Salmonella Found in NY Dairy's Raw MilkApr 17, 2009 | Parker Waichman LLP
Salmonella Found In Raw Milk
Salmonella has been found in raw milk from a New York dairy. The New York State Agriculture Commissioner is now warning the public not to consumer raw milk from Laing farm in Potsdam, New York.
Salmonella is an organism that can cause serious and sometimes fatal infections in young children, frail or elderly people and others with weakened immune systems. Healthy persons infected with Salmonella often experience fever, diarrhea which may be bloody, nausea, vomiting and abdominal pain. In rare circumstances, infection with Salmonella can result in the organism getting into the bloodstream and producing more severe illnesses such as arterial infections, endocarditis and arthritis.
Raw Milk Does Not Provide Protection Of Pasteurization
Raw milk does not provide the protection of pasteurization, which eliminates all pathogenic bacteria, including Salmonella. Producers who sell raw milk to consumers in New York must have a permit to do so from the state's Department of Agriculture and Markets, must sell directly to consumers on the farm where the milk is produced and must post a notice at the point of sale indicating that raw milk does not provide the protection of pasteurization. Farms with permits to sell raw milk are inspected by the Department monthly.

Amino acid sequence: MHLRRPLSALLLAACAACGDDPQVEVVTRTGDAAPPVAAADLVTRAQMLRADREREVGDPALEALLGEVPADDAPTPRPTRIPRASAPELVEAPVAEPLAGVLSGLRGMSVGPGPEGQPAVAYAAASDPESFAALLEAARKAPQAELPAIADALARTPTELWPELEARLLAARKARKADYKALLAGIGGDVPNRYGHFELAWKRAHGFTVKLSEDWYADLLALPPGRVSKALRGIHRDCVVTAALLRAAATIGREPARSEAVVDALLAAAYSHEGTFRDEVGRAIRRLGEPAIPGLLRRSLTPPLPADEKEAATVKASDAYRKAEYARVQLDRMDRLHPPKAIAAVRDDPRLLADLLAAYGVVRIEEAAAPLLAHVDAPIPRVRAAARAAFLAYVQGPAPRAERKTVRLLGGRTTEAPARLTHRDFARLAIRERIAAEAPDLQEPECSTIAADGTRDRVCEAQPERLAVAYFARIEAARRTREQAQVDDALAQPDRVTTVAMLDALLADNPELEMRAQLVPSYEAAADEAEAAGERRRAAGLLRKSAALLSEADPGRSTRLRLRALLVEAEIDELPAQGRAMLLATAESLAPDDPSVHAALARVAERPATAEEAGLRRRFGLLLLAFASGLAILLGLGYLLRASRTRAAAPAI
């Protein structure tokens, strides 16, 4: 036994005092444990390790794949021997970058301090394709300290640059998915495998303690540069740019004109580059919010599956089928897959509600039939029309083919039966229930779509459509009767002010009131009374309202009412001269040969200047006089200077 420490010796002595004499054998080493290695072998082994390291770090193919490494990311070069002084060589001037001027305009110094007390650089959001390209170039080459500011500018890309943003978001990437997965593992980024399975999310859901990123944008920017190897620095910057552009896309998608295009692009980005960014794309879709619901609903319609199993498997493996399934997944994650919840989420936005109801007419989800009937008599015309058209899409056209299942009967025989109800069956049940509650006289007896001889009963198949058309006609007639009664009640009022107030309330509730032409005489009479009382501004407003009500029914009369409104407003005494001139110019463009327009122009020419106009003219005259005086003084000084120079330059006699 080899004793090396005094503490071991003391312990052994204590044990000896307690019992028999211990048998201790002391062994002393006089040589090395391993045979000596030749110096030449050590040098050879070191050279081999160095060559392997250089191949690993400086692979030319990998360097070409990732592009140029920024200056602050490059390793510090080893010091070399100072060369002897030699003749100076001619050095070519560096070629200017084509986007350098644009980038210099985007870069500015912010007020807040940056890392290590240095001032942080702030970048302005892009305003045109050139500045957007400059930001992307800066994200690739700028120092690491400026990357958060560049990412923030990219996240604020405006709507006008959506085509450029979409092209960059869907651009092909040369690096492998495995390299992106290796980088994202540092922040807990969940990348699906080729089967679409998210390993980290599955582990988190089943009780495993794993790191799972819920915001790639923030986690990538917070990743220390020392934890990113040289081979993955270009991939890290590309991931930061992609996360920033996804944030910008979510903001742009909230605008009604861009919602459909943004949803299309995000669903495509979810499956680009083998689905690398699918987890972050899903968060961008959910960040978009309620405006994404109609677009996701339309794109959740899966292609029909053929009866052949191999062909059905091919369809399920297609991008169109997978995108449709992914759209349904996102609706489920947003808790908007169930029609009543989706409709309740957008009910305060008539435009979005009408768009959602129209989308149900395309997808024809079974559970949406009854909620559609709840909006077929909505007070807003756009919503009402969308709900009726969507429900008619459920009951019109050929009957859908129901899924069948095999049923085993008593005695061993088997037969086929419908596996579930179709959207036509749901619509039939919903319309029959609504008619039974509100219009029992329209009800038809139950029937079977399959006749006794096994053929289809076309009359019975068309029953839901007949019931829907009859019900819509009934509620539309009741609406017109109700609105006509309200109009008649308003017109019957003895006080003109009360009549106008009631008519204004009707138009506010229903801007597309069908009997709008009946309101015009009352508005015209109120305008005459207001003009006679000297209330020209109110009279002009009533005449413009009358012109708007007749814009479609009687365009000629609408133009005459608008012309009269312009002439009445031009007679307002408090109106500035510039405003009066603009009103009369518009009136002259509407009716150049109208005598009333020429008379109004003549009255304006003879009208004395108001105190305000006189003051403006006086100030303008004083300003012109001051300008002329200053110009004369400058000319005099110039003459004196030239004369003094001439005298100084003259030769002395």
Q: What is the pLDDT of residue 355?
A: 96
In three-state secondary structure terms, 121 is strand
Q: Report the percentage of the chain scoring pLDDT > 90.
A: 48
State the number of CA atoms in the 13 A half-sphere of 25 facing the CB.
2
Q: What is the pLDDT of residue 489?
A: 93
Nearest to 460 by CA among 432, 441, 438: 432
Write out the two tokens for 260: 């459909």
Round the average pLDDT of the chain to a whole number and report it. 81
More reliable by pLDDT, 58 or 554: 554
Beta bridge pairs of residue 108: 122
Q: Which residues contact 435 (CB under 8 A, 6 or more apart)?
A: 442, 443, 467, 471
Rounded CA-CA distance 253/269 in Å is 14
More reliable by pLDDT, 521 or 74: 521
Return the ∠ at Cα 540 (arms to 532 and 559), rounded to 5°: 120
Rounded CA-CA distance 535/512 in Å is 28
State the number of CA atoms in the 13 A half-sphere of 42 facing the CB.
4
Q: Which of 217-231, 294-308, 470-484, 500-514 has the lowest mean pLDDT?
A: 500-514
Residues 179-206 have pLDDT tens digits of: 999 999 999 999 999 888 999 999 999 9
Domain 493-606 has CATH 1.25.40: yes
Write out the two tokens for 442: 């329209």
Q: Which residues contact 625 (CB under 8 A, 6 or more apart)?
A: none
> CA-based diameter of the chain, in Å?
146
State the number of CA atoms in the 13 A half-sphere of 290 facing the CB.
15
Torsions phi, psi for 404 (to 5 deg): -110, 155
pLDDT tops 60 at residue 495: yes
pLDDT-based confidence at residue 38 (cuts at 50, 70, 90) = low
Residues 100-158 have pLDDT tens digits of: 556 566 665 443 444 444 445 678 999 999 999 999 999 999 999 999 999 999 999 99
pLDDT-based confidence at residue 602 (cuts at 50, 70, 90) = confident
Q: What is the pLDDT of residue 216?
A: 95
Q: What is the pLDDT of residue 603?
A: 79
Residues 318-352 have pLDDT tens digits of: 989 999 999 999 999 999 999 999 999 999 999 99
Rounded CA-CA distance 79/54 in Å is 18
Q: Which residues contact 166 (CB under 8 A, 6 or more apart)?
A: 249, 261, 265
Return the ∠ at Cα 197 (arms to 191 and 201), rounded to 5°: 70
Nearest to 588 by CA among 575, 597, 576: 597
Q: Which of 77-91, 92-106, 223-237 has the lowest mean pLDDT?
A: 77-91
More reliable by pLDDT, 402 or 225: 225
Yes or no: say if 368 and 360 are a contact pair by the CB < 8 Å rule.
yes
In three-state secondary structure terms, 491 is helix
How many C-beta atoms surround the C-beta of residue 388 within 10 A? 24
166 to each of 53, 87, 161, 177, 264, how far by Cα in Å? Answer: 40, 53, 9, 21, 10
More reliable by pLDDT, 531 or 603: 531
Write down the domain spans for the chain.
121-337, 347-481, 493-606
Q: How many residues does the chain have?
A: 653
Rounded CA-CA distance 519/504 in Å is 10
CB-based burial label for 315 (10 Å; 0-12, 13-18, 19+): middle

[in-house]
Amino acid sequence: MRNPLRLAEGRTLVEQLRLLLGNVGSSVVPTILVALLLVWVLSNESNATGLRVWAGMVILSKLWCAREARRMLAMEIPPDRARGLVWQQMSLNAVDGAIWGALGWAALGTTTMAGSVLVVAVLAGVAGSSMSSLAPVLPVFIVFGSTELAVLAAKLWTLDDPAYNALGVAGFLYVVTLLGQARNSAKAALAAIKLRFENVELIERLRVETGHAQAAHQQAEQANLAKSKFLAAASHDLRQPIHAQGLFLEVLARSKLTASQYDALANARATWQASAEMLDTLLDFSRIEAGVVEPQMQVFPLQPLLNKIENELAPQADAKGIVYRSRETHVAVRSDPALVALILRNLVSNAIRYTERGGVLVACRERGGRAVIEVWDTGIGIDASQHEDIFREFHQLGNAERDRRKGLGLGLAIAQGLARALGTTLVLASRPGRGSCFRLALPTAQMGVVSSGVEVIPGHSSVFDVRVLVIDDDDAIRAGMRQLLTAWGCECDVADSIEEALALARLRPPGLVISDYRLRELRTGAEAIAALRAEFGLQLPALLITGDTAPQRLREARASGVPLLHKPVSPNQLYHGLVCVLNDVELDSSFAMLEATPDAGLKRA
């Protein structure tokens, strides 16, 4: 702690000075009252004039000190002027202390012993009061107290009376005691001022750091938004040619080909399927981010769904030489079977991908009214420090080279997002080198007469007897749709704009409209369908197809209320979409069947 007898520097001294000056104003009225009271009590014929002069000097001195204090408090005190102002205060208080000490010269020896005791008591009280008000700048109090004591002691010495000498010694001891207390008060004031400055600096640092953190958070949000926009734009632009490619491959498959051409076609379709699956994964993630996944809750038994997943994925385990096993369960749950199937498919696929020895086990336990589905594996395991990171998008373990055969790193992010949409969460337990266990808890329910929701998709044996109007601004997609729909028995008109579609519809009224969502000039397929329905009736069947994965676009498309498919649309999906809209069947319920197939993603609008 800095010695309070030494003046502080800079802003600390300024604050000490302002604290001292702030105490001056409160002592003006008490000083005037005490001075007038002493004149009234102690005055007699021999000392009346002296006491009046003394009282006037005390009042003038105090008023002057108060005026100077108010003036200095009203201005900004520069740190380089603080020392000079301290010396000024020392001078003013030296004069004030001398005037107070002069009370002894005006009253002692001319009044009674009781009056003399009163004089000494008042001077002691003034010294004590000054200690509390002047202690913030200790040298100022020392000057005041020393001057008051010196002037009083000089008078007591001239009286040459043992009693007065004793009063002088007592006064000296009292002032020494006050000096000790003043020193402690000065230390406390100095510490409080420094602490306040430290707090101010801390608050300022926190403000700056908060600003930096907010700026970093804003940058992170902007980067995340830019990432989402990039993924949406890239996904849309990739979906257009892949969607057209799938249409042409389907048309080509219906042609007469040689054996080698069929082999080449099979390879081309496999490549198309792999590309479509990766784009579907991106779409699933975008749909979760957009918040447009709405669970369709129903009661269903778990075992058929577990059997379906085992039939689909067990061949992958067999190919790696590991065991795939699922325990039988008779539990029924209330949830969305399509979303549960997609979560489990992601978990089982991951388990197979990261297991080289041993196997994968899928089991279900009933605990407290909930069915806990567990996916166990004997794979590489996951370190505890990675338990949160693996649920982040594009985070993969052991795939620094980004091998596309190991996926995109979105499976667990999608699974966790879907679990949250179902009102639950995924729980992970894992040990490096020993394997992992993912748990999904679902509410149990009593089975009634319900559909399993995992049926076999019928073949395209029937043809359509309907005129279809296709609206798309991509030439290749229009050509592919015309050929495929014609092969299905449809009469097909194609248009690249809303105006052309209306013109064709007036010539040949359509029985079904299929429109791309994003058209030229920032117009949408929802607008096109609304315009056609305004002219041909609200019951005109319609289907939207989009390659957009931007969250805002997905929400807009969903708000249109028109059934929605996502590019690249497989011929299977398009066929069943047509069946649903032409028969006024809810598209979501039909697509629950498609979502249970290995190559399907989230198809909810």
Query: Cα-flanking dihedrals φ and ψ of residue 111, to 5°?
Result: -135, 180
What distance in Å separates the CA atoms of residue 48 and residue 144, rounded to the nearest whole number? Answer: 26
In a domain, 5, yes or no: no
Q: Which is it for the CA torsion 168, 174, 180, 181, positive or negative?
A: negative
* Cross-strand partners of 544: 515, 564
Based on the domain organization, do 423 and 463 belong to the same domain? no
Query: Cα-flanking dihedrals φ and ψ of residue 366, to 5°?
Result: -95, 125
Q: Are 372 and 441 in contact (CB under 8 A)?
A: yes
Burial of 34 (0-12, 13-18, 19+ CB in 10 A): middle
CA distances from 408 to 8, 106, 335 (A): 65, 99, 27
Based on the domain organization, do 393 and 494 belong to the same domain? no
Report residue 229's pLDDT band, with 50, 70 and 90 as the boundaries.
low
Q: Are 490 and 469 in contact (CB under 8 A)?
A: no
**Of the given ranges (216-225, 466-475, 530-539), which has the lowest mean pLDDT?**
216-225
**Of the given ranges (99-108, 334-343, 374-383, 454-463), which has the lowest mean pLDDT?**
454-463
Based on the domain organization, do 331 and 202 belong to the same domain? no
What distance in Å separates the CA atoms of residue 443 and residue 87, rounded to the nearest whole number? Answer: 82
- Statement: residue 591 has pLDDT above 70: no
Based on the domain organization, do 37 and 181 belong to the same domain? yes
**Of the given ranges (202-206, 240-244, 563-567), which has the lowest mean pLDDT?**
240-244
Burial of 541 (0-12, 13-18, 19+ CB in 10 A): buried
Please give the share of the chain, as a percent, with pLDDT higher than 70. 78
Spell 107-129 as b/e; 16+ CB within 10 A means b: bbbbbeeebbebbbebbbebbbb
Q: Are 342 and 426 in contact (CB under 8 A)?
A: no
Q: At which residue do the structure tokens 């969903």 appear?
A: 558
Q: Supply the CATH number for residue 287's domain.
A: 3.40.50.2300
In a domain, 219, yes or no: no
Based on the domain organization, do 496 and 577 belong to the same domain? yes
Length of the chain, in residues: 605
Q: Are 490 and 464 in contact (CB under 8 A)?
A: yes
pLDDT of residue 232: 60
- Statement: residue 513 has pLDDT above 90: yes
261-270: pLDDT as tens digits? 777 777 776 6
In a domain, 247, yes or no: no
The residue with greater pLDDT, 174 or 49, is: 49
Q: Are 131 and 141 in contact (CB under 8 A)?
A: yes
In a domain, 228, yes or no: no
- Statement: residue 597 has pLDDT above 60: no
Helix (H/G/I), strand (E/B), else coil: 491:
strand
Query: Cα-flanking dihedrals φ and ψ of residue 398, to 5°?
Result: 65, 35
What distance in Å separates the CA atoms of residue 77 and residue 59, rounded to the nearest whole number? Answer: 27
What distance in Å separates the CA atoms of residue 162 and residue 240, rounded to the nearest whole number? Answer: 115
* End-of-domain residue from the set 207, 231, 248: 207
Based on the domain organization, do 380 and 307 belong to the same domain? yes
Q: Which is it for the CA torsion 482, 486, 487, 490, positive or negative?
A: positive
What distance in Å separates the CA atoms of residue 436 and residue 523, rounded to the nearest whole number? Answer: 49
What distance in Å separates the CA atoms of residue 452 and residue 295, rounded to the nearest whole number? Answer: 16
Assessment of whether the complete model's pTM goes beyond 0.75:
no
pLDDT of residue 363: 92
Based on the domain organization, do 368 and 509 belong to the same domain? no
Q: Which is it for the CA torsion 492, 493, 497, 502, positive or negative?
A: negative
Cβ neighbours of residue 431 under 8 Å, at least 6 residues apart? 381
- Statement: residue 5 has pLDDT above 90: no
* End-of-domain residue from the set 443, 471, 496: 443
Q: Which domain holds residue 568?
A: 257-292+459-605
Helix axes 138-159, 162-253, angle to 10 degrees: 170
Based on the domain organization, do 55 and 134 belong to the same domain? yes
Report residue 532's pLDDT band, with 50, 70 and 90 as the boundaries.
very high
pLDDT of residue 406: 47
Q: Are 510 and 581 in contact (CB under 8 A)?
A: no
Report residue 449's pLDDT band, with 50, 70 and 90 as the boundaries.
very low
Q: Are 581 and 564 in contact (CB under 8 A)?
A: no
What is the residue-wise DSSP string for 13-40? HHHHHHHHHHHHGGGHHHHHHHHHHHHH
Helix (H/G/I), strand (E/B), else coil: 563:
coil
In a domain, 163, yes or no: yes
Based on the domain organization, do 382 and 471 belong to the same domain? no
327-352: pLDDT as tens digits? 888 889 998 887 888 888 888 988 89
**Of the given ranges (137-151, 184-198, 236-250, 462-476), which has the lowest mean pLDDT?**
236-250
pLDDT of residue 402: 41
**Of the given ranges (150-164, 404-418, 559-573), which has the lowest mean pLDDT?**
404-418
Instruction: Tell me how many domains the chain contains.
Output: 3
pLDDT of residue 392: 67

The Laing farm holds a Department permit to legally sell raw milk at the farm. Samples are taken monthly and tested by the Department to determine if the raw milk is free of pathogenic bacteria.
A routine sample of the Laing farm's milk, taken by an inspector from the Division of Milk Control and Dairy Services on April 6, 2009, was subsequently tested by the Department's Food Laboratory and discovered to be contaminated with Salmonella. On April 10, 2009, the producer was notified of a preliminary positive test result and volunteered to suspend raw milk sales until the sample results were confirmed. Test results were confirmed on April 15, 2009 and the producer is prohibited from selling raw milk until subsequent sampling indicates that the product is free of pathogens.
When milk and dairy products are consumed raw, they can be tainted with dangerous, often deadly, bacteria, causing serious health problems. A recent study conducted by the College of Veterinary Medicine in Columbus, Ohio found that about 5.2 food poisoning outbreaks were linked to raw milk annually in the U.S. from 1993 to 2006. The U.S. Food and Drug Administration notes that the Centers for Disease Control and Prevention (CDC) have indicated that over 800 people in the U.S. have falling ill from either drinking raw milk or eating cheese made from raw milk since 1998.
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